Rugby man supplied high-purity heroin from home where children lived - The Rugby Observer

Rugby man supplied high-purity heroin from home where children lived

Rugby Editorial 25th Feb, 2020 Updated: 25th Feb, 2020   0

HIGH purity heroin was kept at a home where children lived, by a Rugby man whose mother was seen selling a wrap of the drug in a local park.

Scott McGreggor, 37, of Calvestone Road, Rugby, was jailed for three years after pleading guilty at Warwick Crown Court to possessing enough heroin for more than 80 street deals.

The court heard that in December a man who had contacted McGreggor was met in a park near to Calvestone Road by McGreggor’s mother, and a drug exchange took place.

Police officers who saw the exchange then saw McGreggor’s mother, who has pleaded guilty in the magistrates’ court to supplying a single wrap, heading towards his home.

She was stopped, and found to have the £10 note she was said to have been paid for the wrap.

When officers went into the house they found McGreggor in the kitchen with a bag in his hand from which some brown powder spilled out.

The police found 8.4 grams of heroin of a higher than normal level of purity, which it was said would be enough to make 67 £10 street deals.

There were also nine prepared wraps of the same 76 per cent purity, as well as a further 1.35 grams wrapped in greaseproof paper which could have made a further 11 deals.

Also recovered from the kitchen was a set of electronic scales, pieces of foil, used needles and citric acid – which showed there had been drug-taking in the kitchen.

And on a phone the police found 48 messages relating to drugs, and although the majority were incoming messages offering drugs to McGreggor, there were some from him offering to supply drugs.

He was a drug-user himself, and there was reference in a pre-sentence report to him selling to clear a drug debt.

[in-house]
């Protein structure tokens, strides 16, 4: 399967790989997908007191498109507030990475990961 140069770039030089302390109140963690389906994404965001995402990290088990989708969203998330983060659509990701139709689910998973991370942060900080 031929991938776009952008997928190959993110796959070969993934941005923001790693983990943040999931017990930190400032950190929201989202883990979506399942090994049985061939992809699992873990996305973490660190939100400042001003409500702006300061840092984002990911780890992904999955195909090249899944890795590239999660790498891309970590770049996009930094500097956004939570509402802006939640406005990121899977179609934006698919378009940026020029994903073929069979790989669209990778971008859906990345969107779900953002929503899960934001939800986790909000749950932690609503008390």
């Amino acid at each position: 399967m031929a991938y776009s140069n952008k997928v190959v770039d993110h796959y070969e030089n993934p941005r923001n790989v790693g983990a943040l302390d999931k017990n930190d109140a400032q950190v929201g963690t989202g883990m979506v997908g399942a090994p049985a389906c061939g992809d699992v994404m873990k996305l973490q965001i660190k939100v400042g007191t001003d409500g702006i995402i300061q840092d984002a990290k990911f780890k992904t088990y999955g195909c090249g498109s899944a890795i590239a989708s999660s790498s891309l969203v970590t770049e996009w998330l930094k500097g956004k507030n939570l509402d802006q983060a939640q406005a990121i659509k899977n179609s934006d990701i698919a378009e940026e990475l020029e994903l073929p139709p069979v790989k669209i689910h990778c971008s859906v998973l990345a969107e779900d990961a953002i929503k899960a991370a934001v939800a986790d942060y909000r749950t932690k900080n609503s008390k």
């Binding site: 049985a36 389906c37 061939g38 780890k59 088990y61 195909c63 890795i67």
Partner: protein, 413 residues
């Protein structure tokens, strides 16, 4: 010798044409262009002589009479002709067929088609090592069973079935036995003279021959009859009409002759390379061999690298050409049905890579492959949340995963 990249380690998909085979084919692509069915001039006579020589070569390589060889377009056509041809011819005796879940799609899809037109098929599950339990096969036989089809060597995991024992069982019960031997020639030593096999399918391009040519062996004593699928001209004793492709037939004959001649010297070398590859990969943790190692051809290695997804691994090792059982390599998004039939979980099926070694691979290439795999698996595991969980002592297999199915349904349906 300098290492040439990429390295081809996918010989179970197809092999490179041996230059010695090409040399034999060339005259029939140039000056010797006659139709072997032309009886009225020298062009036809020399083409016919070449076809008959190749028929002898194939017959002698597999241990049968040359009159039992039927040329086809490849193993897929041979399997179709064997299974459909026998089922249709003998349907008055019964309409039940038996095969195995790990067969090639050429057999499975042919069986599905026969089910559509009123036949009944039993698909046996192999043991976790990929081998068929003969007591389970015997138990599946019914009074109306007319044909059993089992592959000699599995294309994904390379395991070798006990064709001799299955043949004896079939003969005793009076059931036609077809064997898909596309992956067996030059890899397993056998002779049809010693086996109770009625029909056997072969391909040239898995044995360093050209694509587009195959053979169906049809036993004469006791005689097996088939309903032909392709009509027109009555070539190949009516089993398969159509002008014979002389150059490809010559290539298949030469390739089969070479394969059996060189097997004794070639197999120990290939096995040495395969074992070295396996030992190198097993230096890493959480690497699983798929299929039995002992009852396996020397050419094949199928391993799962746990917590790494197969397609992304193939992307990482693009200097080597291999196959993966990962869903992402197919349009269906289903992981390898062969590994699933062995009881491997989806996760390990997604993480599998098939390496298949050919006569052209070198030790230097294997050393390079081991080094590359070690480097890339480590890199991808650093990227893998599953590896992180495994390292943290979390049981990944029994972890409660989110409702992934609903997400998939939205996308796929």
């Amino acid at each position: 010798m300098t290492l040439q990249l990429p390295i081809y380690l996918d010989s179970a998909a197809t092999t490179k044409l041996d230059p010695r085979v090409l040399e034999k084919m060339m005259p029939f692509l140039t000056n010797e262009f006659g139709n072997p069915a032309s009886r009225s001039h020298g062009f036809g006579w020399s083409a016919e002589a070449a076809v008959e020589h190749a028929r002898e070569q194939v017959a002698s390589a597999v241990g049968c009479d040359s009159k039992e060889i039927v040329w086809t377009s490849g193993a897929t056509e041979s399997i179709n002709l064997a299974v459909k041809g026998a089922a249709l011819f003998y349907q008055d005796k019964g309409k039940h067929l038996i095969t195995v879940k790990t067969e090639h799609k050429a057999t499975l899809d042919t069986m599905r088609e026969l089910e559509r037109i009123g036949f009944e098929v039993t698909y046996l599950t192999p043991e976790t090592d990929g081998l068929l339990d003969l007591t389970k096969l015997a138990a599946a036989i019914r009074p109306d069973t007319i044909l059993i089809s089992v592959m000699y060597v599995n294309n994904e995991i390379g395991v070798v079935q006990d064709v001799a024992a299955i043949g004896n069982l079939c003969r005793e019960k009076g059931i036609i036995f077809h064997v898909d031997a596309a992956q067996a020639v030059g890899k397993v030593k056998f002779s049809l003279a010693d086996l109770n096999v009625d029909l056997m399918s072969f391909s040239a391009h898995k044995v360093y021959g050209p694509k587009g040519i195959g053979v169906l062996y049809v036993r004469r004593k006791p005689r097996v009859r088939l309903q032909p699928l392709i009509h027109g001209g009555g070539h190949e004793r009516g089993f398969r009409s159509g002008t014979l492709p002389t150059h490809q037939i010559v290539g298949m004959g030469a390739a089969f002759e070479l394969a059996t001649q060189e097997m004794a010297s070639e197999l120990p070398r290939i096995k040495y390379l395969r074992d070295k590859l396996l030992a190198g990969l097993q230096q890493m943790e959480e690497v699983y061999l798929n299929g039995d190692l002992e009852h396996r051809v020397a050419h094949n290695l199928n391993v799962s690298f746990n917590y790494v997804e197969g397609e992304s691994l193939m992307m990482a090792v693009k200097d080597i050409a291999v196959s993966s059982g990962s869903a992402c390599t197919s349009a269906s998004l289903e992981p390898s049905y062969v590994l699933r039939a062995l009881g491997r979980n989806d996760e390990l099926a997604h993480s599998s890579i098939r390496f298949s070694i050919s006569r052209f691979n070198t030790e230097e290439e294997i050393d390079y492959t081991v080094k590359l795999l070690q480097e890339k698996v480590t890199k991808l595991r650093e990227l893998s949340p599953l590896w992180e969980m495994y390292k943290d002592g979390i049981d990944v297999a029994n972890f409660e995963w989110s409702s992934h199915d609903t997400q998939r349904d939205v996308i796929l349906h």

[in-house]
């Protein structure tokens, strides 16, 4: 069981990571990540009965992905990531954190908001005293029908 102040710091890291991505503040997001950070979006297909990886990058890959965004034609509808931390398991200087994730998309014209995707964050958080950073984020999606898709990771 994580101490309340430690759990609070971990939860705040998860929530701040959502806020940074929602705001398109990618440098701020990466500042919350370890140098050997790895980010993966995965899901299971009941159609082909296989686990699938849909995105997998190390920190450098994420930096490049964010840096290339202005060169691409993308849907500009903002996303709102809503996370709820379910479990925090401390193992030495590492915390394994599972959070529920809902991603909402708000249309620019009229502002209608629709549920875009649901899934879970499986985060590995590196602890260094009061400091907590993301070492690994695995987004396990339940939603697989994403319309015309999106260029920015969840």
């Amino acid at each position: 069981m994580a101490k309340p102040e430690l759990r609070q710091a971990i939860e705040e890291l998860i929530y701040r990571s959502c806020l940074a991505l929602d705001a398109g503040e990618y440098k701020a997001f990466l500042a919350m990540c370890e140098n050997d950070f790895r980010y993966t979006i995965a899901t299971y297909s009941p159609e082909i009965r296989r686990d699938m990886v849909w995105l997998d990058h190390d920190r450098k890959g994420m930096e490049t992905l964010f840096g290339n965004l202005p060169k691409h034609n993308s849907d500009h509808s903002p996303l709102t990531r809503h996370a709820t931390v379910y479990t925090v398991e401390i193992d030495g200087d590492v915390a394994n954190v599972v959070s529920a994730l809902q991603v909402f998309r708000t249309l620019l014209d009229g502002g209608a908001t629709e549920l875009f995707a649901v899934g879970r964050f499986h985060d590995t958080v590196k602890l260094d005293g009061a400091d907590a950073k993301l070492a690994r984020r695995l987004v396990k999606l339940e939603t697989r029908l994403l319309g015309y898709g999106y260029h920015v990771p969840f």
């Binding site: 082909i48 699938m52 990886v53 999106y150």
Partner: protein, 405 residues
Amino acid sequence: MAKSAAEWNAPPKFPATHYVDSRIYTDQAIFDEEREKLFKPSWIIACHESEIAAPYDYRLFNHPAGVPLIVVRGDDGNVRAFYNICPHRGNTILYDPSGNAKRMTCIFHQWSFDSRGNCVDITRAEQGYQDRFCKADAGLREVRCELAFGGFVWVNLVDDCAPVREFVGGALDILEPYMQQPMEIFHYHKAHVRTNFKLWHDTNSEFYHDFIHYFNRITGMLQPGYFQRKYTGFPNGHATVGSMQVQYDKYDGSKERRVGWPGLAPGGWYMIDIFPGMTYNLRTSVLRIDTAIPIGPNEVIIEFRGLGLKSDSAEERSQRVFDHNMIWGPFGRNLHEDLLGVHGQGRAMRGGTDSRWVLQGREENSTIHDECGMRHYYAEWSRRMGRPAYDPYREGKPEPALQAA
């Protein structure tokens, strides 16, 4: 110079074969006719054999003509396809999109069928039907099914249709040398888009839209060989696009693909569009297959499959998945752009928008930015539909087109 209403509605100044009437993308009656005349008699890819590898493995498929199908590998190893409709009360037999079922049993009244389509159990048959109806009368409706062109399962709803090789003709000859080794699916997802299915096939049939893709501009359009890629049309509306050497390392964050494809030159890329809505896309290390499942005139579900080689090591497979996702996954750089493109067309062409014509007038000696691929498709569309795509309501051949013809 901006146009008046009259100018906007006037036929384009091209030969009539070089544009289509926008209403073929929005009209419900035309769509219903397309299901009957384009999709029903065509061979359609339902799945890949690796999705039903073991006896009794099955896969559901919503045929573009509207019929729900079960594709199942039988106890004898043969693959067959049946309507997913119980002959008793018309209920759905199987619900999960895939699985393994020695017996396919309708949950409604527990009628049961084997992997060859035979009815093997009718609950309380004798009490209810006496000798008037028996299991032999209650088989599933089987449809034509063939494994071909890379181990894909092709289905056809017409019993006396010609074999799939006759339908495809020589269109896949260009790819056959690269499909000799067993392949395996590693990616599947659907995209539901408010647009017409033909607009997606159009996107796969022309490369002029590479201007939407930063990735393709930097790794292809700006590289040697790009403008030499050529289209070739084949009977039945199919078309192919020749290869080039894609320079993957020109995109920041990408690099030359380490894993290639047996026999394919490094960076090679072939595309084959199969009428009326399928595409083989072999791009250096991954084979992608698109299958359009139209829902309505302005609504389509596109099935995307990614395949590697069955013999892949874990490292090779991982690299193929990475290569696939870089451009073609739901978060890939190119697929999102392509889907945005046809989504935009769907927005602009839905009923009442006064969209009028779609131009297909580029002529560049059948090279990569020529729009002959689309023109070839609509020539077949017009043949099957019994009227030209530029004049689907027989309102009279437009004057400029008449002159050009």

David Everett, defending, said McGreggor had lived ‘in a rough area of Rugby where drugs were rife,’ and he had begun using class A drugs as a teenager.

Between 2008 and 2017 he had just two convictions, one drink-related and one for possessing drugs, which coincided with him having a job and being able to provide for his family.

But in late 2016 or early 2017 McGreggor, who is married with four children, lost his job and got into debt for his drugs.

“He was offered an alternative, and it was one he did not feel he could resist, and that was to supply drugs. He was simply dealing with what he was given.”

Mr Everett added that McGreggor, who believed the heroin was safely kept away from the children, had now started Methadone treatment again to tackle his addiction.

Jailing him, Judge Andrew Lockhart QC told McGreggor: “You have a very poor record, 29 convictions for 64 offences. You managed to sort your life out and put it into some sort of order, but you are still using heroin.

“In December 2019, in order that you might fund your habit, you descended to being in possession of drugs so you could provide them to another.

“That is a serious matter, made more serious in your case because it was done from the family home.

“Drugs were lying about in that home where there were children. If a child had gone into a cupboard and put their finger into a bag and licked it, there could have been terrible consequences.”

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